"Hip-hop was really formative for me," says UC Irvine professor Sohail Daulatzai, who remembers listening to seminal acts such as the Sugarhill Gang and Run-D.M.C. while growing up in Los Angeles' Pico-Union district. But it wasn't until hearing Rakim's "Move the Crowd" that he began walking the path that led him to become a much-cited scholar whose books and articles make waves in African-American studies, history, Islamic and music circles.
In the song, the legendary rapper rhymed, "All praise due to Allah, and that's a blessing."
The line served as validation for Daulatzai, the son of refugees who fled Peshawar in the 1970s. He had already devoured The Autobiography of Malcolm X as a teen, and Muhammad Ali and Kareem Abdul-Jabbar were household icons for their sick moves and Islamic faith. But Rakim's shoutout drove Daulatzai closer to his faith while expanding his thirst for political and musical knowledge.
"I learned a lot from the music," Daulatzai says. "When I heard Chuck D say, 'Joanne Chesimard,' I come to find out she's [onetime Black Panther Party and Black Liberation Army member] Assata Shakur."
Rakim's "Casualties of War," in which he assumes the persona of a Muslim U.S. soldier fighting in Iraq during the 1991 Gulf War, was also influential. "I felt that there was something about that relationship between blackness, Islam and the arts that was important to tell," Daulatzai says.
That intellectual curiosity guided him as a student through UCLA and USC before bringing him to UC Irvine in 2005, where he has taught a hip-hop course ever since. With a neatly trimmed beard, collared black shirt buttoned to the top and Islamic three-row bracelet, he casts an imposing figure, but he peppers heavy intellectual insights with an occasional "Yaknowwaddamean?"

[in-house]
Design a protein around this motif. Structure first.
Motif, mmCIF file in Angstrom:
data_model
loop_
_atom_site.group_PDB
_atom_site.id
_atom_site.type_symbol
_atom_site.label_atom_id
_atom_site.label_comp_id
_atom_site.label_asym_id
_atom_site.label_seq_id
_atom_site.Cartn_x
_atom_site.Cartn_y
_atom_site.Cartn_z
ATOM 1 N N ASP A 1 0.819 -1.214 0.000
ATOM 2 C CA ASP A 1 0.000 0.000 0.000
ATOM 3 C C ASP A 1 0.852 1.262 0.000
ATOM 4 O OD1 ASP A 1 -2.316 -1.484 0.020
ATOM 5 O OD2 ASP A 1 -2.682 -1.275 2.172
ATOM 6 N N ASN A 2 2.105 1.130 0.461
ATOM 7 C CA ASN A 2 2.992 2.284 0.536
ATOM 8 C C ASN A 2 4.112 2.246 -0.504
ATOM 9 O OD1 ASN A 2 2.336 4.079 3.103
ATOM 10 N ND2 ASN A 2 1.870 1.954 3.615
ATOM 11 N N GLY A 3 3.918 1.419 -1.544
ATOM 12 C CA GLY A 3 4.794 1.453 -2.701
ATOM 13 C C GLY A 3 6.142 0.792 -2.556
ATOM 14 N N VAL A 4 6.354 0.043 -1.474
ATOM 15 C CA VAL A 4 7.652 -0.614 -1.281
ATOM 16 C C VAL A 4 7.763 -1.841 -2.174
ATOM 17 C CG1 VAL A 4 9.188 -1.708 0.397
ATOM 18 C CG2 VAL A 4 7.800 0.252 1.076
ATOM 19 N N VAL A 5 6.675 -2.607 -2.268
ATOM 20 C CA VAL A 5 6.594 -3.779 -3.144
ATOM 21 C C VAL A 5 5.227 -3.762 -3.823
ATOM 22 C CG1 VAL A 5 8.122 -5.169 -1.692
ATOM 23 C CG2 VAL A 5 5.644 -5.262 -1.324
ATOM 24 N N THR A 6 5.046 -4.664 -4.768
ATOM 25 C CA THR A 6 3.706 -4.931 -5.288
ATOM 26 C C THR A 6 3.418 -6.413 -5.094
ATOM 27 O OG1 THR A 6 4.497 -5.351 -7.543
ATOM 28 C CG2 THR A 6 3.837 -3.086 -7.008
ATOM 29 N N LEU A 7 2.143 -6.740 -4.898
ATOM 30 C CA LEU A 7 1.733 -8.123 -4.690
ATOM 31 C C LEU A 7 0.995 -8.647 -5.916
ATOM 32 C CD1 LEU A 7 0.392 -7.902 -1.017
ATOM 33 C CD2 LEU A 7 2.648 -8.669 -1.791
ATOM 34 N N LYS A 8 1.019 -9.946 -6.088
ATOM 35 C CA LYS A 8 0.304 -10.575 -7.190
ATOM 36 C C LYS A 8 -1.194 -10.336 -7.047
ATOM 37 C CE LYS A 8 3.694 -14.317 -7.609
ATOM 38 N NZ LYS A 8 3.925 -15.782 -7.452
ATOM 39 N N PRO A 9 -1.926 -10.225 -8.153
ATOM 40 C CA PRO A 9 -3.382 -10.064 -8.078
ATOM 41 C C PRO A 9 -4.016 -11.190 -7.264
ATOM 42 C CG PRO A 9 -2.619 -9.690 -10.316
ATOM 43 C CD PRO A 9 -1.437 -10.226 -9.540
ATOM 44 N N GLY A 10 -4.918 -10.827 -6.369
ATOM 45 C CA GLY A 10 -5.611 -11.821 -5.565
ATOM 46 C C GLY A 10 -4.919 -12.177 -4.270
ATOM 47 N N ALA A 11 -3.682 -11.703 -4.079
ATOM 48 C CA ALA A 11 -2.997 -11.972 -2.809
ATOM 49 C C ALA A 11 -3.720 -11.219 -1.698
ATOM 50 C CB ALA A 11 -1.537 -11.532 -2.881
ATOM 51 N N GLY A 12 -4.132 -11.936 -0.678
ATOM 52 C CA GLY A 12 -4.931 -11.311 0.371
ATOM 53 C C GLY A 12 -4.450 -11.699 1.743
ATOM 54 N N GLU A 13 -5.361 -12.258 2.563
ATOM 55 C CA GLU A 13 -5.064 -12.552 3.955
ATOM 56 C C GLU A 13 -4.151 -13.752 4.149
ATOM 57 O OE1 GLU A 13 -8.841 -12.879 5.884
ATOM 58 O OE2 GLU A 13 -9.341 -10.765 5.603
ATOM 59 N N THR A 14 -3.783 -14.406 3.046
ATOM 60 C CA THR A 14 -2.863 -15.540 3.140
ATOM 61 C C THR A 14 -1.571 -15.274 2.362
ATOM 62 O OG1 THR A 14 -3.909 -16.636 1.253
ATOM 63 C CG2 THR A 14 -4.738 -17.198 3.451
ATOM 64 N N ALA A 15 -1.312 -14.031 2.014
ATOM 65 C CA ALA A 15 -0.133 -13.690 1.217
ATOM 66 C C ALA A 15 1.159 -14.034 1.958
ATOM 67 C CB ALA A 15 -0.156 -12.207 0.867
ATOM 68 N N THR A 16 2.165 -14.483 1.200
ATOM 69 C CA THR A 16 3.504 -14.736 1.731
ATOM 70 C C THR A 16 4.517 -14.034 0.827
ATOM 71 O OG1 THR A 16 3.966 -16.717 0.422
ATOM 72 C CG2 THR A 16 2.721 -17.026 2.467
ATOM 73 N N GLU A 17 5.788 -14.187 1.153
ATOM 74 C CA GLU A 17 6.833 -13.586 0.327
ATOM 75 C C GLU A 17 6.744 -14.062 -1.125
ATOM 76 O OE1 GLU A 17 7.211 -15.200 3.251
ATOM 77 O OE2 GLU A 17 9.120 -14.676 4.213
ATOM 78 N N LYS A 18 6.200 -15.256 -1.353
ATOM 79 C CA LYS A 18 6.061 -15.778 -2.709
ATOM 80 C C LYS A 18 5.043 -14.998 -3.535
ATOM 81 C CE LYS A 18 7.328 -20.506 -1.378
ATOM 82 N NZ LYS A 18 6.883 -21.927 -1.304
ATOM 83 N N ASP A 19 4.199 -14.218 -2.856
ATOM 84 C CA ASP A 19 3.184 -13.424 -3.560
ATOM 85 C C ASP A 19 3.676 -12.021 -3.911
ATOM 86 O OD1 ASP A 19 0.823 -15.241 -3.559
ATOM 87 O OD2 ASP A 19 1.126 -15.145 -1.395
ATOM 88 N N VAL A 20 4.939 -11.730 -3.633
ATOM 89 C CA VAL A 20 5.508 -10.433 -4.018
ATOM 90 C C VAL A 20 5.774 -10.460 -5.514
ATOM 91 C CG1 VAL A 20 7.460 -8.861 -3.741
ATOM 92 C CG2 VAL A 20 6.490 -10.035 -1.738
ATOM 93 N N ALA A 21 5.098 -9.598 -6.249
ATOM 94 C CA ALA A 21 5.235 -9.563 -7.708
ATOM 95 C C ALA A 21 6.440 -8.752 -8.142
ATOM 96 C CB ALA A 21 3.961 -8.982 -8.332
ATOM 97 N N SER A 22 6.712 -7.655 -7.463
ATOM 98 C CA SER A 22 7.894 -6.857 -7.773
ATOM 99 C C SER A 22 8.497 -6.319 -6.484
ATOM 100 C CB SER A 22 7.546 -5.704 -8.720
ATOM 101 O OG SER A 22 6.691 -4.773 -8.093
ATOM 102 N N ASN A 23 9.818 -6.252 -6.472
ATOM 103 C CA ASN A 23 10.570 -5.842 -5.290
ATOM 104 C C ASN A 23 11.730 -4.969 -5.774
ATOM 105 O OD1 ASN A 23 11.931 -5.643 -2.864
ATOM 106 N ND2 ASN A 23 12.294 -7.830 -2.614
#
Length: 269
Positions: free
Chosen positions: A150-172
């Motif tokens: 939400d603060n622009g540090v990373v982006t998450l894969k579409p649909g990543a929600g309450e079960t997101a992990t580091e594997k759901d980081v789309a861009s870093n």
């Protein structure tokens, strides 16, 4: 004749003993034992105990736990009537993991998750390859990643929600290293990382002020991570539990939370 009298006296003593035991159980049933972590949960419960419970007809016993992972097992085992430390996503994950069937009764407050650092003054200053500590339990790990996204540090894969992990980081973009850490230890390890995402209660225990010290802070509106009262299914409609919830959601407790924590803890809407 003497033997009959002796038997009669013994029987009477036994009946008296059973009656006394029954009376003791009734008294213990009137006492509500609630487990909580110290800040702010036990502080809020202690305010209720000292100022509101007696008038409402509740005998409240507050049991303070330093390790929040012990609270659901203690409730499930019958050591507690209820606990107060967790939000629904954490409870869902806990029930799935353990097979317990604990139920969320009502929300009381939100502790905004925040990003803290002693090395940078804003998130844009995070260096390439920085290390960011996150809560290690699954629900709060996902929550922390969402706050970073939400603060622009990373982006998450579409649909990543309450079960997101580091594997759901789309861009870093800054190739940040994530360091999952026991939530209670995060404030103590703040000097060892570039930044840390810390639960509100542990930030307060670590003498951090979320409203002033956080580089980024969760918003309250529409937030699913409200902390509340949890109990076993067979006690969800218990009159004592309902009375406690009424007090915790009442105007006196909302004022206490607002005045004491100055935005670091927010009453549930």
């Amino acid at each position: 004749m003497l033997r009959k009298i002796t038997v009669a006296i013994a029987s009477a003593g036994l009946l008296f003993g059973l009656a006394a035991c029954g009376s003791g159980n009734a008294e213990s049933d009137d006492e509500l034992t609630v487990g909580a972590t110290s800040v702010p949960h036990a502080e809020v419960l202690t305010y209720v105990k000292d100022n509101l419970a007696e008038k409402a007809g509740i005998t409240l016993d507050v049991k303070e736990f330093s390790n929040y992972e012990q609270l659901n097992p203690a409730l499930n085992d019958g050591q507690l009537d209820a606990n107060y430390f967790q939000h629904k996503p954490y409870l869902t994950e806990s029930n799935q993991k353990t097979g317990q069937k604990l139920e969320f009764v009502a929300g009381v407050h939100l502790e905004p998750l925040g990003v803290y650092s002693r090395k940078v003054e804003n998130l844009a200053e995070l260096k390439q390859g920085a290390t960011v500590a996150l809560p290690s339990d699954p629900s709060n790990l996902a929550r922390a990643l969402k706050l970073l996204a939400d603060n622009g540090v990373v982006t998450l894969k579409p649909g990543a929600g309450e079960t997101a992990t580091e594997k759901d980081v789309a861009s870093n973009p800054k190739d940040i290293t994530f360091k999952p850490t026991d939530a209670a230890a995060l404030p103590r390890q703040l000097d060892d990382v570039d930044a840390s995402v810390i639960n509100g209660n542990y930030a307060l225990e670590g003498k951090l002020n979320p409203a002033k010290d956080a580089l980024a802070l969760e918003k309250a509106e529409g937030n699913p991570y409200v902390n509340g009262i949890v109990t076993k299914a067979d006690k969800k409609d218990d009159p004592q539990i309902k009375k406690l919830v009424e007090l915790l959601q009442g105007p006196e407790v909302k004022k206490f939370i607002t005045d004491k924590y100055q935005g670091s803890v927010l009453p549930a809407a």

"It's a huge class, as you can imagine," Daulatzai says. "Most people think it's going to be fun and easy, but I hit 'em hard with the reading." His students come from all walks of life, some whose sense of hip-hop and society gets totally remixed. Course materials include Michelle Alexander's The New Jim Crow: Mass Incarceration In the Age of Colorblindness and songs such as KRS-One's "Sound of da Police."
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The professor takes his lessons outside the classroom, too, curating "Return of the Mecca: The Art of Islam and Hip-Hop" last year at the William Grant Still Arts Center in Los Angeles. And a friendship with Rage Against the Machine lead man Zack de la Rocha led to him writing the liner notes for the 20th-anniversary box set of the band's self-titled debut.
As for what he's bumping nowadays, Daulatzai laughs and says, "Who's on the front [burner] right now? That J. Cole record is kinda nice."